Koyaanesqatsi & The IBM Glass Engine

koyaanisqatsi
koyaanisqatsi

Having just completed my first video with anything like a narrative I started to contemplate my next masterpiece. Some may say that, following the four minute Youtube video “The Other Floor”, my choice of remaking Koyaanisqatsi is overly ambitious but I remain optimistic and am preparing to record my friend’s 6 kids aged between 4 and 7 chanting “Koyaanisqatsi” at the top of their lungs after Christmas dinner while their parents are doing the washing up. Note to self to remember to take audio recorder at Christmas.

In preparation for this I thought I’d better get the main theme of Philip Glass’s masterpiece loaded into my music software. I plugged in the MIDI keyboard, selected church organ and bashed a few keys. The main disadvantage I have when playing church organ in Steinberg Sequel is my inability to play any kind of musical instrument to any degree whatsoever. All my attempts sounded overly jaunty and I realised I needed help.

A quick perusal of the web revealed a demonstration on how to play piano like Philip Glass by the weirdly zealous Torley. Very impressive but it didn’t get me very far.

It did however give me a clue. Torley claimed that all Glass music is based on Chord progressions so I Wiki’d chord progression and discovered that “a chord progression is a series of musical chords, or chord changes that “aims for a definite goal” of establishing (or contradicting) a tonality founded on a key, root or tonic chord.”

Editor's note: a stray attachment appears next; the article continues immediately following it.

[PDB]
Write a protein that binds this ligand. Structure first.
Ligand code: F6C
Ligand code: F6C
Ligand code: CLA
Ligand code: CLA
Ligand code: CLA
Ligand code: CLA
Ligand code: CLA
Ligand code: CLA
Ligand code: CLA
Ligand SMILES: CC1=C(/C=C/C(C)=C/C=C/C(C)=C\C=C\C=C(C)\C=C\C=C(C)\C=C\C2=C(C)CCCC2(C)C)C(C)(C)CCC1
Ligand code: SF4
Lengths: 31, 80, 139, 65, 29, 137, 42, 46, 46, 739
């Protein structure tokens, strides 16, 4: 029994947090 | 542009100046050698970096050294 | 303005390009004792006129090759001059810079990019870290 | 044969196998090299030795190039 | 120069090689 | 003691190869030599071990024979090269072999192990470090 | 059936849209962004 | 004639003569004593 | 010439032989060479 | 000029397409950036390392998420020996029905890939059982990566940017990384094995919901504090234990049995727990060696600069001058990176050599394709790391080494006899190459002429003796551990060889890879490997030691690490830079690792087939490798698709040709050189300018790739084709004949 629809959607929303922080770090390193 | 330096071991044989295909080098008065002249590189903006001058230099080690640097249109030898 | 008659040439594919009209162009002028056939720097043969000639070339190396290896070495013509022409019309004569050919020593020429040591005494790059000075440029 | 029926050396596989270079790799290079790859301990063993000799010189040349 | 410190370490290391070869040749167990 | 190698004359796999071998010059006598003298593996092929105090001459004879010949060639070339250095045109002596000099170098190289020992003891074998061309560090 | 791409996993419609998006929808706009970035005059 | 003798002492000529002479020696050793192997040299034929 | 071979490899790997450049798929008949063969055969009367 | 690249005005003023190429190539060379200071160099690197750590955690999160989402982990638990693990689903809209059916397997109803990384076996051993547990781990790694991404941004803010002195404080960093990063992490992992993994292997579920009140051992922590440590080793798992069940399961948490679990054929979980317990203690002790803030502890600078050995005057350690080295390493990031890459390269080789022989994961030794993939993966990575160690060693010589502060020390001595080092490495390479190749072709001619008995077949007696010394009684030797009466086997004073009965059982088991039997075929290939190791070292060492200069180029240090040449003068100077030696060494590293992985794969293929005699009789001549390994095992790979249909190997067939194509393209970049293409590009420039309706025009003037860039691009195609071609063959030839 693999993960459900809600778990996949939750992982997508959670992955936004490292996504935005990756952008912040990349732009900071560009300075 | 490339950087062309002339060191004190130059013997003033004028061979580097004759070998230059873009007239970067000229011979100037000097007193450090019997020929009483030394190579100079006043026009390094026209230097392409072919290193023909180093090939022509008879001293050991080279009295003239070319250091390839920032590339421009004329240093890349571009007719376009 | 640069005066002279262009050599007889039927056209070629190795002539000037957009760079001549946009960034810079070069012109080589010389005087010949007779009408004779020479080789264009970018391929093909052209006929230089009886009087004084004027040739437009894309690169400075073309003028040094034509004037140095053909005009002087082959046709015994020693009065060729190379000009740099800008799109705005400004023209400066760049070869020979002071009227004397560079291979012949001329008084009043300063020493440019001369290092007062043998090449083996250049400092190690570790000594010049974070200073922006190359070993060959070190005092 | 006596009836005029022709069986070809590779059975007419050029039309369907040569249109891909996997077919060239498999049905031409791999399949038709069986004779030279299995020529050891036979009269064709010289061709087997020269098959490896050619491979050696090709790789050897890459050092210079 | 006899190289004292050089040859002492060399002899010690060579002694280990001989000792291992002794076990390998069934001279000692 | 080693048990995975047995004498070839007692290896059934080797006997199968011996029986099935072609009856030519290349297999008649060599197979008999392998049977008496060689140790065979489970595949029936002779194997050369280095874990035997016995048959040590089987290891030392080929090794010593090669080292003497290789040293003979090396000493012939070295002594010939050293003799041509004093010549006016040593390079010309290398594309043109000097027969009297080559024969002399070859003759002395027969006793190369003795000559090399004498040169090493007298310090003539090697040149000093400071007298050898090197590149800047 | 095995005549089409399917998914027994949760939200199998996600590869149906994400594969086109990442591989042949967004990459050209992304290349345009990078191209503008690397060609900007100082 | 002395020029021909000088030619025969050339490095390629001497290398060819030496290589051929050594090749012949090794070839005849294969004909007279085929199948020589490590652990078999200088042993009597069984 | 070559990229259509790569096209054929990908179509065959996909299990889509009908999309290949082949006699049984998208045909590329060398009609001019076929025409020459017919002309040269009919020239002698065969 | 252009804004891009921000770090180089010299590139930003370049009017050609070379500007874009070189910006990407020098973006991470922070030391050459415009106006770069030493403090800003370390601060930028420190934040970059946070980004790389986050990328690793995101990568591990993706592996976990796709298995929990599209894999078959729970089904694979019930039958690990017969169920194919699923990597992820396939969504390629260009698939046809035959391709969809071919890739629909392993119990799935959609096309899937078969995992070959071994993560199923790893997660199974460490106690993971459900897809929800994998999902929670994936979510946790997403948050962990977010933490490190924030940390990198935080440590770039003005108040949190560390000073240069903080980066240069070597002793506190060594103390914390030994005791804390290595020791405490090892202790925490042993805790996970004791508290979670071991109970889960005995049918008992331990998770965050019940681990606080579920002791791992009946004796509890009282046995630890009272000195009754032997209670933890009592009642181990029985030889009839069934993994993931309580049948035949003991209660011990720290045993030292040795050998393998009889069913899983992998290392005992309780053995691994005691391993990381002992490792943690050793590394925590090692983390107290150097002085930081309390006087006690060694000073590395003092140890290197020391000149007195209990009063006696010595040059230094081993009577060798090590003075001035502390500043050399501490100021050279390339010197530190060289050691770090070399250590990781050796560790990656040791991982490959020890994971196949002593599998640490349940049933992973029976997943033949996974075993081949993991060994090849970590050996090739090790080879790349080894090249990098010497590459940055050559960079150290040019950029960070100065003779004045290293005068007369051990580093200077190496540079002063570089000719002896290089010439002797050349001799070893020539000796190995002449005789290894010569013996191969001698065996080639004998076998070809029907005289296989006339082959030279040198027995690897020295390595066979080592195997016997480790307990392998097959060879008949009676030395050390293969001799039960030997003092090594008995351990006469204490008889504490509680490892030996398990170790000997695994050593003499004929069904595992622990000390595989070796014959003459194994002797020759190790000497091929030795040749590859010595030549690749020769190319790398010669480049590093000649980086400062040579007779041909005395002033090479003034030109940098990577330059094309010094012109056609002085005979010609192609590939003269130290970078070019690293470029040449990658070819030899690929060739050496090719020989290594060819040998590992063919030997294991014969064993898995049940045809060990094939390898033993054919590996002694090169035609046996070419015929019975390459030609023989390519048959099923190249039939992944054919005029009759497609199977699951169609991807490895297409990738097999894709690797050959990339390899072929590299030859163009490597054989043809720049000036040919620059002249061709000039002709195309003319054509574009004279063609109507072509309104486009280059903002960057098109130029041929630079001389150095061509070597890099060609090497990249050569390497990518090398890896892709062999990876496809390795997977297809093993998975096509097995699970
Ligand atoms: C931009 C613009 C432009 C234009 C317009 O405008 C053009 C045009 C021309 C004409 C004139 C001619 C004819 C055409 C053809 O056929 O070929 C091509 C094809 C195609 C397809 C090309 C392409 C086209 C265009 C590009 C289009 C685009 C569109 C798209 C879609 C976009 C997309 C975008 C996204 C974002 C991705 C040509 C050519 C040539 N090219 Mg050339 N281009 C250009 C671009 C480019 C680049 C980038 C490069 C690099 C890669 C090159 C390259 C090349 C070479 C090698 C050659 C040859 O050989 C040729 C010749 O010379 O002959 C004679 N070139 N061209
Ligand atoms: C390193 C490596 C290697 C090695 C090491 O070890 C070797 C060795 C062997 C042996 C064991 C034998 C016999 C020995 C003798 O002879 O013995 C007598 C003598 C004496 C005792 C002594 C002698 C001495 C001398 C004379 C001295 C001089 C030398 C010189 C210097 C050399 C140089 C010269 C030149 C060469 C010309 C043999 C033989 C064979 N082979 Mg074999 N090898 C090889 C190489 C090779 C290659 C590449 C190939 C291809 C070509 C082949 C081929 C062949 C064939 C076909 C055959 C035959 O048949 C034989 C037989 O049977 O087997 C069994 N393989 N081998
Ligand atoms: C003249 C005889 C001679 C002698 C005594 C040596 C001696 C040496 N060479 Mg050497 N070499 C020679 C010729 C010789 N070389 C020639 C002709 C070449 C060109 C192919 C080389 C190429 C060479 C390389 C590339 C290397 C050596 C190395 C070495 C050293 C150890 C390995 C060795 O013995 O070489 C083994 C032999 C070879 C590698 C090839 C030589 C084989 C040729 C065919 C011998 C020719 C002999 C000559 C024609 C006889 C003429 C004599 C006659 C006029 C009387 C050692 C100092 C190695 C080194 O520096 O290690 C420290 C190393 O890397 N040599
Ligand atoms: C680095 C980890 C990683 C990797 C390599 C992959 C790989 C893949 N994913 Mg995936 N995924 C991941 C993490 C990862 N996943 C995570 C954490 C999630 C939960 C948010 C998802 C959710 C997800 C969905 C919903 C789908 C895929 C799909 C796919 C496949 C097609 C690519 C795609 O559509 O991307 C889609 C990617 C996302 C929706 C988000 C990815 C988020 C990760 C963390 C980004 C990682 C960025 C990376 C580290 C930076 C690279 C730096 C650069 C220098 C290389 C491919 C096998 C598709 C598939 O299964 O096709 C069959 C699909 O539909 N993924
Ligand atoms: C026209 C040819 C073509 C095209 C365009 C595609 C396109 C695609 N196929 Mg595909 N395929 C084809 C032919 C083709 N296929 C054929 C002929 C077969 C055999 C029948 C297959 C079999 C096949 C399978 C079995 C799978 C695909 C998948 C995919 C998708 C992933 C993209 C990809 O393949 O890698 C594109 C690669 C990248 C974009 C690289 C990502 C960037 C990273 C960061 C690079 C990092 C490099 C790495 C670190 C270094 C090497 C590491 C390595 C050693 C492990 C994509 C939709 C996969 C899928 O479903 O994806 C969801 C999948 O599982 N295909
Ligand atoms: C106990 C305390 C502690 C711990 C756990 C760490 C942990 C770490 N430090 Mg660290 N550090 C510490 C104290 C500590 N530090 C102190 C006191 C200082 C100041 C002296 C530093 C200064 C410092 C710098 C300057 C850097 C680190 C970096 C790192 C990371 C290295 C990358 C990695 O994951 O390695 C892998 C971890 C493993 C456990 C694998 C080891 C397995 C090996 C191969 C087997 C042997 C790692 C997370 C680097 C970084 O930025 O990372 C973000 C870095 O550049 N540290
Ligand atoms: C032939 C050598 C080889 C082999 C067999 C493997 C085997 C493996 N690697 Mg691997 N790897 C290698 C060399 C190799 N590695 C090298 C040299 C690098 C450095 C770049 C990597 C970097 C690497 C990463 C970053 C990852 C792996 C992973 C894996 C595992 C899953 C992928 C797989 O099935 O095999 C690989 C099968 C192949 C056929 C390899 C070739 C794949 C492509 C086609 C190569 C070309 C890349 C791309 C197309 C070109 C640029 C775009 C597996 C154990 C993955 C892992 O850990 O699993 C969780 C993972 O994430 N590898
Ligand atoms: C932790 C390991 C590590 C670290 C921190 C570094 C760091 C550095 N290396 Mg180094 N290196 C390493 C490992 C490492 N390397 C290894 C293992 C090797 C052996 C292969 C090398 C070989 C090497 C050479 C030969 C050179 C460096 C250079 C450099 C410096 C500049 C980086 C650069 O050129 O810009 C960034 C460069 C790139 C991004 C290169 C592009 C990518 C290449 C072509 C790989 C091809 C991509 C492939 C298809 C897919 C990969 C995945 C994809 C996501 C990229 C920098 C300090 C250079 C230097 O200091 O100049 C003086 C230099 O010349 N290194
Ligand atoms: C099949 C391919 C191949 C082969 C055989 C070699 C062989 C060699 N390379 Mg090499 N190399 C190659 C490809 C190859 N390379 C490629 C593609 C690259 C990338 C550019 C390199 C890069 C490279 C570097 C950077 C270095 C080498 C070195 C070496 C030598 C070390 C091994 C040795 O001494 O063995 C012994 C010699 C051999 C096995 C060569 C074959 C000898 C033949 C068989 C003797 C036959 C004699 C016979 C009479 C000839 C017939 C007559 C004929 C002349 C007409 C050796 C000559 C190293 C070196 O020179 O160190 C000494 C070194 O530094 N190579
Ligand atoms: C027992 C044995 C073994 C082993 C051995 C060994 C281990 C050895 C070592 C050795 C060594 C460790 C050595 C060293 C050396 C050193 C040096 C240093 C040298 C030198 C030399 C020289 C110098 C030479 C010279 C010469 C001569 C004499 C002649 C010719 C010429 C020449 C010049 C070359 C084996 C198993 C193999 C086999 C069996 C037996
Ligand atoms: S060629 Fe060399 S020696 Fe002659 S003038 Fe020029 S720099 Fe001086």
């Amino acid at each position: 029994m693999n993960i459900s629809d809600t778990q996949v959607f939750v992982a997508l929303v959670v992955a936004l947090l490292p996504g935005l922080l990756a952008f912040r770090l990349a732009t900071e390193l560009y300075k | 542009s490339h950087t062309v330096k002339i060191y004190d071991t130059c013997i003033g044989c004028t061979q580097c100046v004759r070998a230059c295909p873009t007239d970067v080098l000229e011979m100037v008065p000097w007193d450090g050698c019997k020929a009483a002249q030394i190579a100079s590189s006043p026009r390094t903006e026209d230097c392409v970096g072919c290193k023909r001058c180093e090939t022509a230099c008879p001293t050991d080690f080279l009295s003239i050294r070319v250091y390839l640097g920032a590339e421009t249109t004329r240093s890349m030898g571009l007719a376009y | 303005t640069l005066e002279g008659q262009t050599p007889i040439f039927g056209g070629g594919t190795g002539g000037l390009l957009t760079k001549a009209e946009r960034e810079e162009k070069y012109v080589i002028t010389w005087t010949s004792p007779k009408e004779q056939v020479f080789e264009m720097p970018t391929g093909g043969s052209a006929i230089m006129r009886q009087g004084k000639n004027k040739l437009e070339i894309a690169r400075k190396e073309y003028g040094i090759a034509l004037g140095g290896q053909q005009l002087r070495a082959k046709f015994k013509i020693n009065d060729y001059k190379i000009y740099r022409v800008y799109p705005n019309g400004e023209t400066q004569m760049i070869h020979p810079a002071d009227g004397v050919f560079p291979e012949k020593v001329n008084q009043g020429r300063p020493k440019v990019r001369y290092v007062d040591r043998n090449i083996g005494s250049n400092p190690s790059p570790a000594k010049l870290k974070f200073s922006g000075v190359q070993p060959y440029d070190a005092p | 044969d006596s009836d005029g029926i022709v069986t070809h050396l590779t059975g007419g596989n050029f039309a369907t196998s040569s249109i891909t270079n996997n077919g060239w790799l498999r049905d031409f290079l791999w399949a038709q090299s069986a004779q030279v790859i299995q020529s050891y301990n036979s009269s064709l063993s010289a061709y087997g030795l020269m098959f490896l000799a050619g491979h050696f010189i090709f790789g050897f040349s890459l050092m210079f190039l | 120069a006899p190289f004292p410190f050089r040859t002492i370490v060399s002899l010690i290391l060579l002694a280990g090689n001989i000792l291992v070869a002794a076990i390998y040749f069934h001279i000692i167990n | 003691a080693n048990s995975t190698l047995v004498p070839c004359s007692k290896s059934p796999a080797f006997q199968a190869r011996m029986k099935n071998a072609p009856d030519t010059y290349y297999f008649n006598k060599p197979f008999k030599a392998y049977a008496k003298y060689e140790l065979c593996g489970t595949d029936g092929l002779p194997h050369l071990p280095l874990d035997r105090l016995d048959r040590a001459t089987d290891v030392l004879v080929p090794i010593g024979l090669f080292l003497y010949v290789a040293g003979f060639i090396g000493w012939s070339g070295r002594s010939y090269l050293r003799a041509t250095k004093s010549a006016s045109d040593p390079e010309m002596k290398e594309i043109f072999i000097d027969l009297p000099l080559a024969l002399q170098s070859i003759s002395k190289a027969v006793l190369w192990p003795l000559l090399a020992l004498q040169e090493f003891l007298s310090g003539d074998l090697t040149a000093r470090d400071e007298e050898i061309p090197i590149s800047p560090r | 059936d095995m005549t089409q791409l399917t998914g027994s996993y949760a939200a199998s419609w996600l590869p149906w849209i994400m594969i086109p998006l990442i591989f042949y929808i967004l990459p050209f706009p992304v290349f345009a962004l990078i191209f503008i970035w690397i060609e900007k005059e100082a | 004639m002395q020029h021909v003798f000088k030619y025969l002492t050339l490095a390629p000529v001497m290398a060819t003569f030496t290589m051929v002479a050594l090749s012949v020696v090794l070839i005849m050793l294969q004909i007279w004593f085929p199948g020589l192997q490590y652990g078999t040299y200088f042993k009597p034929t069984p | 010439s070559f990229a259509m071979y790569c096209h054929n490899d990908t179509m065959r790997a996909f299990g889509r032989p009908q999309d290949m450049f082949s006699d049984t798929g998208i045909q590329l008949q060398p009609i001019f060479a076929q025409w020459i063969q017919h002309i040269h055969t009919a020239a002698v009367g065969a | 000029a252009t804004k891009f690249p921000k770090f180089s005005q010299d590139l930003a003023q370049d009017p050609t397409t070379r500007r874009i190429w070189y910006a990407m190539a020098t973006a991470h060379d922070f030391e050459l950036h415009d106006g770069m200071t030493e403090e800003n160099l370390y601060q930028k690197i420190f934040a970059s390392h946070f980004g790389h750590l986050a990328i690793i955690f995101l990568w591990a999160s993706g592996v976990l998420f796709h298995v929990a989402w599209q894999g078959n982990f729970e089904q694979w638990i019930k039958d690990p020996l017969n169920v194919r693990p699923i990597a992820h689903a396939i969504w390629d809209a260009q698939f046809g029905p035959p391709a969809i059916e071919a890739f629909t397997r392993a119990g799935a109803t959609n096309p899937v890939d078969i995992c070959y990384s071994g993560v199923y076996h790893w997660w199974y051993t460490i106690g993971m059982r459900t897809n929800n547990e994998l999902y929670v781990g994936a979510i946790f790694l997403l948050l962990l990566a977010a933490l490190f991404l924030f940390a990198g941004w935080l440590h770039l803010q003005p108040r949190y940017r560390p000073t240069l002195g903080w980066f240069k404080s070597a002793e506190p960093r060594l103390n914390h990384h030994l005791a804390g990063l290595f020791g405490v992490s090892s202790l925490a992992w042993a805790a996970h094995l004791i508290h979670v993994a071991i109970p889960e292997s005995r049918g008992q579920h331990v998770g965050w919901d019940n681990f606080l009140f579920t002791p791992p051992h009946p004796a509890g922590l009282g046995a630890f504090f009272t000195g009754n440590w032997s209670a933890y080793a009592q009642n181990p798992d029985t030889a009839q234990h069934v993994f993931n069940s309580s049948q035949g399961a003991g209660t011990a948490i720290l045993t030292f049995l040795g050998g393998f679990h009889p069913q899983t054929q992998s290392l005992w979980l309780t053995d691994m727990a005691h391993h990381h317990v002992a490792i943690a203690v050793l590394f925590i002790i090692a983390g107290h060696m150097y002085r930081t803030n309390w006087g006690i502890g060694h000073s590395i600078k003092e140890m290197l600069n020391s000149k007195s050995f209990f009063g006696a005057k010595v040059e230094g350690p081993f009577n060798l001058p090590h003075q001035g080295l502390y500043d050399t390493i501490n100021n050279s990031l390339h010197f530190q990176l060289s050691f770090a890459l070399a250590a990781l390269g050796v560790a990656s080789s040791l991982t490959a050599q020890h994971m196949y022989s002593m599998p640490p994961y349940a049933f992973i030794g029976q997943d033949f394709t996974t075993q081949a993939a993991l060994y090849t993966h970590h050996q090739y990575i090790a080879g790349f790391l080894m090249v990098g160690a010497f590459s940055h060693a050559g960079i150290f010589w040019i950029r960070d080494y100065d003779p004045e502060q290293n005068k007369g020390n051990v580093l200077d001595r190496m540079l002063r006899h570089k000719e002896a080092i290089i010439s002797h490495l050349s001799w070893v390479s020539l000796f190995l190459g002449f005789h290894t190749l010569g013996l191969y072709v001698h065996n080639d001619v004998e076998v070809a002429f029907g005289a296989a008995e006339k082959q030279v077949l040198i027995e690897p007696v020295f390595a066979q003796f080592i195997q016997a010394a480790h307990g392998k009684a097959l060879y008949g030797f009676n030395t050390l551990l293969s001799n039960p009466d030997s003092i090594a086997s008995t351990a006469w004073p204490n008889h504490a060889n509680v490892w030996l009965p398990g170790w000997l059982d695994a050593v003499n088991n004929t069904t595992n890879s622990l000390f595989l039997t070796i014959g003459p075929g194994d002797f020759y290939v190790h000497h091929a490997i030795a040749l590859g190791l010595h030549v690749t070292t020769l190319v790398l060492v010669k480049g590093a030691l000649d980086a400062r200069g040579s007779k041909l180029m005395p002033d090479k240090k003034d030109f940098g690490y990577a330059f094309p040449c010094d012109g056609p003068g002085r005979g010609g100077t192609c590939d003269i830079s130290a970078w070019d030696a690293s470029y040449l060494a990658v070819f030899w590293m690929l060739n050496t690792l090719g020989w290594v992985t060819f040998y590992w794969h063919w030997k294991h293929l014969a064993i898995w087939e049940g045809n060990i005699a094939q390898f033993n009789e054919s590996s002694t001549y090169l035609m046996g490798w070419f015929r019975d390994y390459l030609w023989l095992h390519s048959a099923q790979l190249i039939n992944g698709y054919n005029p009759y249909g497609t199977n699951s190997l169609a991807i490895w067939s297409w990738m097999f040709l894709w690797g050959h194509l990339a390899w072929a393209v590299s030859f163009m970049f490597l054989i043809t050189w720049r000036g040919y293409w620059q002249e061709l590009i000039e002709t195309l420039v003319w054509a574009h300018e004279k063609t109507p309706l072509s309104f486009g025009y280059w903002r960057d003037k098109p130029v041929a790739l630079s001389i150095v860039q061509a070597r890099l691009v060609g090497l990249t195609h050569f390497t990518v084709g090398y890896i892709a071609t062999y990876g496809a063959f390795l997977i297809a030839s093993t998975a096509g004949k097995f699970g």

Obviously rational investigation was getting me nowhere and I reverted back to searching for a youtube video demonstrating the buttons to push and came across the more melancholic, but equally mystifying Koyaanisqatsi & Prophecies – Organ by oldfm88. Again, very good but too dark to see what’s happening at the keyboard.

Torley had suggested that Philip Glass’s work consisted of no more than difference serious of chord progressions. While I cannot comment on this I did discover some software named IBM Glass Engine purporting to be able to locate any Philip Glass music by moving a series of sliders representing Joy, Sorrow, Intensity, Density and Velocity.

All very interesting but I am no closer to being able to compose and play music like Philip Glass. What I needed was the whole of the music from Koyaanesqatsi programmed into Steinberg Sequel, then saved and made available on The Internet for me to downland. Surely that’s not too much to ask. I didn’t find that but I did find a video showing the buttons to push.

OK, that’s the music sorted out. Now I just need to get some filming done. Perhaps Christmas day will provide some raw material for that too.

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One comment

  1. I’m sure it will be a masterpiece !
    Thanks for introducing me to Philip Glass

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